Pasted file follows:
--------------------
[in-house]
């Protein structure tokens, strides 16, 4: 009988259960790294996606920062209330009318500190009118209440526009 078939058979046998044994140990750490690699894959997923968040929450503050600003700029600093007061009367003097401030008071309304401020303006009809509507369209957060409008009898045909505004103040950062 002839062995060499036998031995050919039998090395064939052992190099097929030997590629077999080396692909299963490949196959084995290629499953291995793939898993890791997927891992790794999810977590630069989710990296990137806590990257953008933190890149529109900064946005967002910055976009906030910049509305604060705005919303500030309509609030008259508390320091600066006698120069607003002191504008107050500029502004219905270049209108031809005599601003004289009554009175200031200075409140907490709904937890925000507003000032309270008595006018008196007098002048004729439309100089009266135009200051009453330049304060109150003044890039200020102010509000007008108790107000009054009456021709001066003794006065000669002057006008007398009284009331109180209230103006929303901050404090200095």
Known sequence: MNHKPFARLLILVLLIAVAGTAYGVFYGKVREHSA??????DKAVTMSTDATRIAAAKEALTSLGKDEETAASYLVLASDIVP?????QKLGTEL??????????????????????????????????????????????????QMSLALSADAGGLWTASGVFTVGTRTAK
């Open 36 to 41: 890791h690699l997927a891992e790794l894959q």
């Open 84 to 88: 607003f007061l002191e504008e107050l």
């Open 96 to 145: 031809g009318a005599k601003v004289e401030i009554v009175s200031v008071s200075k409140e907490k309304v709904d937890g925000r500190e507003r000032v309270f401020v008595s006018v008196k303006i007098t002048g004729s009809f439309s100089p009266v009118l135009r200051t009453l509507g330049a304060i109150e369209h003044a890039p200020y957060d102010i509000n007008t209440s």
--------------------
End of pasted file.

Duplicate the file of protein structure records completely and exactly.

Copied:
[in-house]
């Protein structure tokens, strides 16, 4: 009988259960790294996606920062209330009318500190009118209440526009 078939058979046998044994140990750490690699894959997923968040929450503050600003700029600093007061009367003097401030008071309304401020303006009809509507369209957060409008009898045909505004103040950062 002839062995060499036998031995050919039998090395064939052992190099097929030997590629077999080396692909299963490949196959084995290629499953291995793939898993890791997927891992790794999810977590630069989710990296990137806590990257953008933190890149529109900064946005967002910055976009906030910049509305604060705005919303500030309509609030008259508390320091600066006698120069607003002191504008107050500029502004219905270049209108031809005599601003004289009554009175200031200075409140907490709904937890925000507003000032309270008595006018008196007098002048004729439309100089009266135009200051009453330049304060109150003044890039200020102010509000007008108790107000009054009456021709001066003794006065000669002057006008007398009284009331109180209230103006929303901050404090200095």
Known sequence: MNHKPFARLLILVLLIAVAGTAYGVFYGKVREHSA??????DKAVTMSTDATRIAAAKEALTSLGKDEETAASYLVLASDIVP?????QKLGTEL??????????????????????????????????????????????????QMSLALSADAGGLWTASGVFTVGTRTAK
């Open 36 to 41: 890791h690699l997927a891992e790794l894959q």
């Open 84 to 88: 607003f007061l002191e504008e107050l």
């Open 96 to 145: 031809g009318a005599k601003v004289e401030i009554v009175s200031v008071s200075k409140e907490k309304v709904d937890g925000r500190e507003r000032v309270f401020v008595s006018v008196k303006i007098t002048g004729s009809f439309s100089p009266v009118l135009r200051t009453l509507g330049a304060i109150e369209h003044a890039p200020y957060d102010i509000n007008t209440s």